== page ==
Roll-out of these technologies – particularly coal gasification and carbon capture and storage – is becoming critical at a time when official forecasts project a 60% increase in world primary energy demand over the next thirty years. These same forecasts also suggest fossils fuels remain one of the primary sources of energy, so the aggressive adoption of new and less carbon intensive technologies is vital. Critically, the technologies chosen by Monash Energy enable separation of a concentrated stream of CO2 that can be transported to injection wells in deep underground geological formations for secure storage.
The Monash Energy focus on the production of liquid fuels – such as an ultra-clean, virtually zero sulphur synthetic diesel – is also highly relevant to the emerging debate around energy security. The Project would be one of the largest single investments ever undertaken in Australia. Its size and complexity means that at least a decade from initiation to commercial production.
The first commercial plant is expected to produce about 60,000 barrels per day of synthetic fuel (80% of which is high-quality diesel). Commissioning of the plant is targeted for 2016. There has also been talk of the project producing hydrogen. According to the company (as of late 2006) the output of the plant has an indicative price of $US50/barrel - however I suspect this number has changed somewhat since then - and the Gippsland Basin brown coal resource is sufficient to support several such plants, each operating for 50 years.
The plan to sequester CO2 in Bass Strait has hit some snags, with Exxon announcing last year that the region still has more than 20 years left of oil production and more than 30 years of gas, prompting speculation that the carbon dioxide may need to find another home. Exxon continued to raise concerns about this plan at the APPEA conference this week.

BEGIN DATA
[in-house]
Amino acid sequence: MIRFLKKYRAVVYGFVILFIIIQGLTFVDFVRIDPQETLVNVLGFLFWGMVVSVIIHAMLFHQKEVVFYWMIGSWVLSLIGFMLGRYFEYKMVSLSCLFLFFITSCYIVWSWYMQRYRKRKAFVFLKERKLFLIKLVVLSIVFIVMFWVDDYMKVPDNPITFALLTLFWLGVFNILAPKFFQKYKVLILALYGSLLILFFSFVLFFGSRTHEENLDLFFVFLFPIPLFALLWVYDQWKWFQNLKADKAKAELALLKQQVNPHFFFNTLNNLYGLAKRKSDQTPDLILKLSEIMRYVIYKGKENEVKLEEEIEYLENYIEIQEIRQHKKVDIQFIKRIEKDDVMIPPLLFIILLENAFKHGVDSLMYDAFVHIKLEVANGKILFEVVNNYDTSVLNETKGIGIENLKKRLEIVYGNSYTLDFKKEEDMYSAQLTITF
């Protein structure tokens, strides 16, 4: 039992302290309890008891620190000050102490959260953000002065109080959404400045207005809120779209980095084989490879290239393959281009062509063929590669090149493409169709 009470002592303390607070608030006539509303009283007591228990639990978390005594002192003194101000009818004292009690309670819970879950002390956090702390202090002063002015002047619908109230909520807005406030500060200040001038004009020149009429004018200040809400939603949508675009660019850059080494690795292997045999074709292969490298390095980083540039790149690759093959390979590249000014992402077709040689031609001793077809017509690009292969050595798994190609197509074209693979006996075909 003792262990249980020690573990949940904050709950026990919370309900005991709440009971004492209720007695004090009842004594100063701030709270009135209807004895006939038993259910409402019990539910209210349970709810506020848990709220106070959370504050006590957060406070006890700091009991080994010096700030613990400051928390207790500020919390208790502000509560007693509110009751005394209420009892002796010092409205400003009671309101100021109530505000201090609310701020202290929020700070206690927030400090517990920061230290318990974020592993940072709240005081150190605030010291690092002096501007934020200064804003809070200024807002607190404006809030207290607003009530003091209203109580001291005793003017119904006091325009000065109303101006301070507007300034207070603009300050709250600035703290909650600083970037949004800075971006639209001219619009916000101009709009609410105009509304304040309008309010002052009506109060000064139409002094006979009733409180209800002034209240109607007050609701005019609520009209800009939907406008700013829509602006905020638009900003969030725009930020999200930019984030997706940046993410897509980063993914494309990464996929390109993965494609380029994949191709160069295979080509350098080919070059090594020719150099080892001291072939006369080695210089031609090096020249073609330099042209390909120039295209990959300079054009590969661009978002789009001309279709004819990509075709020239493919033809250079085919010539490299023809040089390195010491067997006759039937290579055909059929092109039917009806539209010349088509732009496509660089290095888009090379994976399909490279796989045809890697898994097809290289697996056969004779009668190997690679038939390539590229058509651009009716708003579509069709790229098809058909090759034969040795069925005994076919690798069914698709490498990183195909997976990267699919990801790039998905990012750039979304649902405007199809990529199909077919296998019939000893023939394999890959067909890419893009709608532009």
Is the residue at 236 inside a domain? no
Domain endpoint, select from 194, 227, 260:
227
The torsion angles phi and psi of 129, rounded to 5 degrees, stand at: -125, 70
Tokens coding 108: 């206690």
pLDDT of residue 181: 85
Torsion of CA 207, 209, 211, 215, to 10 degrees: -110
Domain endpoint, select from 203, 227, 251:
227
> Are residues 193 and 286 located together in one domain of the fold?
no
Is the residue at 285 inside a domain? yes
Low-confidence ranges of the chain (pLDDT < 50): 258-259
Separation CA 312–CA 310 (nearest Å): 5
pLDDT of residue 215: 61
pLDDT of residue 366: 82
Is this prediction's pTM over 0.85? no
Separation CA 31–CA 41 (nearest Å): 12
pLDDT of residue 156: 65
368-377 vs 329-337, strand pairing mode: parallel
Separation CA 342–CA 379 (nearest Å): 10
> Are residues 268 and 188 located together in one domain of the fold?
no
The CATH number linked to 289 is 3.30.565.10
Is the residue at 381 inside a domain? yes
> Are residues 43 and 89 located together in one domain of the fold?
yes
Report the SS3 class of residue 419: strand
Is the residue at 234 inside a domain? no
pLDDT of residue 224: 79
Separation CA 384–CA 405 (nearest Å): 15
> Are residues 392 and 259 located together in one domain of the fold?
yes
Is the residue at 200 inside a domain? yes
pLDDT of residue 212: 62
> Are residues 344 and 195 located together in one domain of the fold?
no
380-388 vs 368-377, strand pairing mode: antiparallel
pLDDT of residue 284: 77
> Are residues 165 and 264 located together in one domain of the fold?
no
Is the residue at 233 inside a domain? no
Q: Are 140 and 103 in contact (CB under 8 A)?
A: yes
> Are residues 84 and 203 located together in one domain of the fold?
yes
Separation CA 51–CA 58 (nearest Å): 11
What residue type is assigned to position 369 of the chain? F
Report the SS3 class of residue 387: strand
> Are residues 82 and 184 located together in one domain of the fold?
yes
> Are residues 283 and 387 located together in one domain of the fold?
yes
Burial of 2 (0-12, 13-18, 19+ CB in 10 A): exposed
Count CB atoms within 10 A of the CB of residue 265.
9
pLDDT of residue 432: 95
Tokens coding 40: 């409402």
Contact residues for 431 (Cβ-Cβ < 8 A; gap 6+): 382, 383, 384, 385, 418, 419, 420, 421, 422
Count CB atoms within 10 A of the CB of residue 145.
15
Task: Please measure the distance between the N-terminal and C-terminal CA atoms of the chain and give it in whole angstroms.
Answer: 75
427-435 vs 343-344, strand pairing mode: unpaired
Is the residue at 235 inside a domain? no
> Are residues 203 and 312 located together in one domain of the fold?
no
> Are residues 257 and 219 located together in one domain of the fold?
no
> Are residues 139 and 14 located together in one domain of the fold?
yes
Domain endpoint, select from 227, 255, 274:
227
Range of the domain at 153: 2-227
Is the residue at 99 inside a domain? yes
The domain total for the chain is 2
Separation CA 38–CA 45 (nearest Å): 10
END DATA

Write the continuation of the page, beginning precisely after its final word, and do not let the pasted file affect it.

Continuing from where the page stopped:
A pilot onshore sequestration project recently started up which may provide an alternative option if it can be made to work.
Linc Energy is a small player that is commissioning a demonstration plant to convert coal to liquids at Chinchilla, on Queensland's Darling Downs (and one which promotes its process as a solution to peak oil). The demonstration plant is due to prove at the end of the month that it can produce products such as diesel and aviation fuel.
The company is using underground coal gasification (UCG) to produce syngas, then converting the syngas into liquids using the Fischer Tropsch process.
UCG differs from conventional above-ground gasification in a number of ways:
* Coal is not mined.
* Chemical processes are arranged to occur in the coal seam in situ.
* The injection and production wells must be connected within the coal seam by the links of low hydraulic resistance to allow production of commercial quantities of gas.
* Process water for gasification usually comes from the coal itself and surrounding rocks, and its influx must be carefully regulated.
* No ash or slag removal and handling are necessary since they predominantly stay behind in the underground cavities.